Over the past few weeks I have rediscovered how fragile life truly is. Life and death both are miracles. I have seen friends and loved ones leave this life in a blink of an eye; life forever changed. It is amazing to me to see how the world still goes round and that life continues forward no matter what happens. I have also seen how the people left behind have been strengthened so that they might continue on their journey one step at a time.
As loved ones leave this world, new friends and family enter this world full of life and love. As Keeli has entered my world I have been overcome with her spirit and purpose. Everyday I think about how I am so blessed to have her by my side today and how we never know how long we get to spend with each other.
President Thomas S. Monson in his recent Ensign article “May we so Live” stated beautifully, “How fragile life is, how certain death. We do not know when we will be required to leave this mortal existence. And so I ask, “What are we doing with today?” If we live only for tomorrow, we’ll eventually have a lot of empty yesterdays. Let us ask ourselves the questions: “Have I done any good in the world today? Have I helped anyone in need?””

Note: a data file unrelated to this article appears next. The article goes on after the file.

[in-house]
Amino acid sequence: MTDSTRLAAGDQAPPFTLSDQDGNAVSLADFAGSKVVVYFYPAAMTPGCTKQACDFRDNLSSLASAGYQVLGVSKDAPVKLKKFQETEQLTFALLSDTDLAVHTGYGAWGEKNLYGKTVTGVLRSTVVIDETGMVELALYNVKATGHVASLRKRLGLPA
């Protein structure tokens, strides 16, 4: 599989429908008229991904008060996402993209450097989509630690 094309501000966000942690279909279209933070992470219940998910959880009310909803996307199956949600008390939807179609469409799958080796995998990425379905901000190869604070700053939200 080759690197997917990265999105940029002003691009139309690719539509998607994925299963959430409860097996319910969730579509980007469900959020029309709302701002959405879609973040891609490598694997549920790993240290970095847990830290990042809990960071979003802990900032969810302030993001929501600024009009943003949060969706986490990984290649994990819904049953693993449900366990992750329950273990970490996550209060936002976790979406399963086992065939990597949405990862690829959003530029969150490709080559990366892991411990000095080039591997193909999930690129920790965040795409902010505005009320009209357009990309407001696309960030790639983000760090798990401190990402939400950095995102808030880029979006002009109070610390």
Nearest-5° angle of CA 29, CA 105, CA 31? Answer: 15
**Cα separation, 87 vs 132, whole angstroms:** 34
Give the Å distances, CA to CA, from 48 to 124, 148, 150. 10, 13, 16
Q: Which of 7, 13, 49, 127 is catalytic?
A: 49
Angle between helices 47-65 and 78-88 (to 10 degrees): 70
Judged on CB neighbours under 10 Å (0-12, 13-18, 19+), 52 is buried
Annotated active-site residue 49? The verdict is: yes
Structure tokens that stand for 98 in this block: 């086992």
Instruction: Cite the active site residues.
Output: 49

I am awestruck to think I have been blessed with a beautiful baby girl, a wonderful husband, and a family who is always there for me. Each day truly is a gift and although I do not know why I am given the gift of life today and others are not, I do know that I want to fill my todays so tomorrow I will never have regrets. So today I watched Keeli sleep and looked into her beautiful face. I talked and laughed with my mom. I kissed my husband goodbye and made sure he knew I loved him.
As Thomas S. Monson says, “We can quicken our step, bolster our courage, and bask in the sunlight of truth. We can hear more clearly the laughter of little children. We can dry the tear of the weeping. We can comfort the dying by sharing the promise of eternal life. May we resolve from this day forward to fill our hearts with love. May we go the extra mile to include in our lives any who are lonely or downhearted or who are suffering in any way. May we “cheer up the sad and make someone feel glad.” May we live so that when that final summons is heard, we may have no serious regrets, no unfinished business, but will be able to say with the Apostle Paul, “I have fought a good fight, I have finished my course, I have kept the faith.””